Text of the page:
When Allan Davis and Babs Raftery of Mr. Peepers mini-shop in Seattle asked us in 1981 to come up with a project for teaching our aging techniques, we had no idea of how much we didn’t know. They insisted that whatever we did, the students would love it, and to dive in. As that had been our basic M.O. for the past 7 years, we took the plunge, thinking our biggest problem was coming up with a building small enough to teach. Our idea came across the breakfast table as we were looking out the window at our full-size aging 1920s 2-car garage that tilted a bit to the north. It was single-walled and unfinished inside, shingled on the outside, with a composition roof full of dry-rot and moss. A stairway at the back lead up to a bare-bones apartment with a main room, a bath, and a kitchen under a shed-roof dormer. If we pared it down to a 1-car garage, and made it an exterior-only class (they could finish the inside at home on their own), it just might work.
We did a test run by adding a garage to our Megler Landing house. Our full-size garage had a dirt floor and driveway, but a wood floor and brick drive seemed the better way to go, design-wise, and besides, we had cases of brick tiles to use up. We opted to change the roof to wood shingles, along with the front wall over the door. To make the building more interesting, we decided on board-and-batten siding (vertical battens applied to the plywood walls), dressed up with some Carpenter Gothic inverted chevron and triangle trims, so simple Noel made them free-hand, practically with his eyes closed. We liked it so much we went to work on the class prototype—a slightly larger version that would give us room for the apartment, too. We called it the Model A because that was the only car small enough to fit through the doors.
Once we were done, it was back to the kitchen table (the studio was too crowded with tools and the next big house), to break down the elements into teaching units, and make diagrams and instructions. By that time Ray Urh was into large-scale production of our mini-shingles—we’d never have finished prepping the class if we’d had to cut the students’ shingles ourselves. Then there was color–our prototype was green with gray accents, but, thinking maybe the students would want to choose their own colors, we suggested they think about it, and bring their own, or buy the paints at the miniature shop. While Noel built kits, I assembled elements, packed boxes, and practiced making chevrons so I could teach them, quickly finding out it was not so simple to cut 45% angles by hand with an Exacto knife. We didn’t have enough mitre boxes for the students, and that set-up took too much time anyway. Too late, we were committed.
I don’t know who decided we could teach this in a weekend (it must have been a 3-day) but that’s what we advertised for. All of a sudden we had 20 enrollees, and we didn’t even have a classroom. All we knew was that we needed a readily available water source for the very messy work we did, and a floor that paint and Bug Juice stain could be spilled on. No problem, Allan said, you build the kits, I’ll find the space. Oh, and how about a slide show of your houses for one evening? He eventually convinced a restaurant near the store to let us use their back room, which was usually empty on weekends. He got it for free if we ordered lunch from their menu every day. Allan was even more excited because he could take the students for lunchtime drives around the parking lot in some of his antique cars.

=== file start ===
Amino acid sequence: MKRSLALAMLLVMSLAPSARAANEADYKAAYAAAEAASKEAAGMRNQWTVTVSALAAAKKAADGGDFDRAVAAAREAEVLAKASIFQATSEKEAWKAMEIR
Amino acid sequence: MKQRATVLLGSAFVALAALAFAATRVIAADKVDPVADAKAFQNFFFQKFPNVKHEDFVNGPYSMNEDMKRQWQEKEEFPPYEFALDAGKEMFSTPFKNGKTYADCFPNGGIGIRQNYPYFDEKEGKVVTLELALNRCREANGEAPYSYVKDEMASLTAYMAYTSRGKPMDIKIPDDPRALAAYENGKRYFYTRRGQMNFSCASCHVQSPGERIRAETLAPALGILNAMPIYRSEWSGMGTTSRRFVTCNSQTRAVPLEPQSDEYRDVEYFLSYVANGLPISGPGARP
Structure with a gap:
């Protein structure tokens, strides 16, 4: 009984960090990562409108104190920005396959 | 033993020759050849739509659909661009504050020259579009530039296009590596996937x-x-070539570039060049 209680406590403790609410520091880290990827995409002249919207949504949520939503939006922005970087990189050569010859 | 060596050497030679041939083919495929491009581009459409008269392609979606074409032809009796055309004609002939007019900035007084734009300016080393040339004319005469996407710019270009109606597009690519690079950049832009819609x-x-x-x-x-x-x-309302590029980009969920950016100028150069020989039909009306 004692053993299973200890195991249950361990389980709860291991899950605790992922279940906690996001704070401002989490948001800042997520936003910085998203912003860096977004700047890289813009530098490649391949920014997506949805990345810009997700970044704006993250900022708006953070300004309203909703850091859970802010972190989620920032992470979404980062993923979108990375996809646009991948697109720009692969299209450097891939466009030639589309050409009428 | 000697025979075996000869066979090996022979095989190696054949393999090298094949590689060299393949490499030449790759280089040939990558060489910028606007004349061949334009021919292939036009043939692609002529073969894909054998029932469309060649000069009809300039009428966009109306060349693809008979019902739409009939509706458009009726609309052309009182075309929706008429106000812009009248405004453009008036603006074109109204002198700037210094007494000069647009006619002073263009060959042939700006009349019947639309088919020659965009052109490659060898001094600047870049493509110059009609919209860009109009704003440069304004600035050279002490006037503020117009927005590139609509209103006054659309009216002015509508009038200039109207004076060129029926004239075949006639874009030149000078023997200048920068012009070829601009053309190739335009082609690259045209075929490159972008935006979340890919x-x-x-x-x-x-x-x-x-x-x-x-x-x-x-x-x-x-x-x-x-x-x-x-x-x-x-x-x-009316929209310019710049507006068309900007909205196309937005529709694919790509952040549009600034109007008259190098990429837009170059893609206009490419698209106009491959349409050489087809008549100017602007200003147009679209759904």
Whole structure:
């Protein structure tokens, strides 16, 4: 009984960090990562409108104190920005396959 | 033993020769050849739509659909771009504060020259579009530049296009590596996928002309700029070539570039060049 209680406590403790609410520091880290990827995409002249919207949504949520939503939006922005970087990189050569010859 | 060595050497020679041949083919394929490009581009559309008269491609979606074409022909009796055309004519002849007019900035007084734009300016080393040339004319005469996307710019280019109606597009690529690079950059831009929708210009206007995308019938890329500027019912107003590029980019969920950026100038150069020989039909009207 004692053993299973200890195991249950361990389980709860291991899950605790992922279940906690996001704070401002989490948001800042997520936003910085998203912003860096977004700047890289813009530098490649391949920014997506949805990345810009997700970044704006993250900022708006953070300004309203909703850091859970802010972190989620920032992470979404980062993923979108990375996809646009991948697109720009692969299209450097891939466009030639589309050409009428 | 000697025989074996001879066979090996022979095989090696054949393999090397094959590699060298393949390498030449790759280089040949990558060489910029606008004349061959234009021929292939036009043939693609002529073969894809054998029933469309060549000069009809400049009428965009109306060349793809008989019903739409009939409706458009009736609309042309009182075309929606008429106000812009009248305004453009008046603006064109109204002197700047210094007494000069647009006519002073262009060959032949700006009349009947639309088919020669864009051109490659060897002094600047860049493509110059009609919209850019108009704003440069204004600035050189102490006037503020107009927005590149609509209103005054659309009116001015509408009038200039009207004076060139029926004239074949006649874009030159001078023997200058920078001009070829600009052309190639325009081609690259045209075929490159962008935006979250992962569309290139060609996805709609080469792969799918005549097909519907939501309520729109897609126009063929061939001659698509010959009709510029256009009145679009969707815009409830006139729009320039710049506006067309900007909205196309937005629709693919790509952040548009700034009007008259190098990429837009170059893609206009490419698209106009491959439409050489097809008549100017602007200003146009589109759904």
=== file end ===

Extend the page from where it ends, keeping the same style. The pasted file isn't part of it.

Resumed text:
Finally, one September morning, there were 20 students from all over the country, awaiting our words and expertise. My mind has erased the emotions of that moment, other than the realization that we had no idea of what would come next. Each student had a box in front of them with the basic structure, diagrams, directions and all the supplies necessary—it was our idea that we would demo a process and they would set to work on their own, calling upon us as needed. We quickly found we had to teach, step-by-step, how to do what we did—the students were paralyzed with the fear of making a mistake. A very sweet woman from Los Angeles who showed up in a pastel cashmere suit smiled at my suggestion she might ruin it. She was somehow protected by mysterious forces that never let her spill or splatter a drop. The nearest water source was the Ladies Room, whose drains we clogged with paint. We modified the swirly-patterned rugs forever. Lunch plates and ashtrays cluttered the work tables. The people who strayed from our color choices hated them by day two. More than one person cried over the chevrons, and students took their projects back to their hotel rooms at night to shingle and brick, showing up bleary-eyed in the morning. Of course no one finished the project, but the amazing thing was they all thought it was fun, many to return as future students. And they loved the slide show, and touring around in Allan’s cars. When we came up for air, Noel and I went home jazzed with their enthusiasm. Jazzed enough to return for another 30 years of teaching.
Addendum: Articles in the September and November 1981 issues of Nutshell News–the first two in my long-running series of how-to aging techniques–give more information on the Model A. You’ll notice some differences in the origins of the building, but if you ask me which is right, I’ll say both.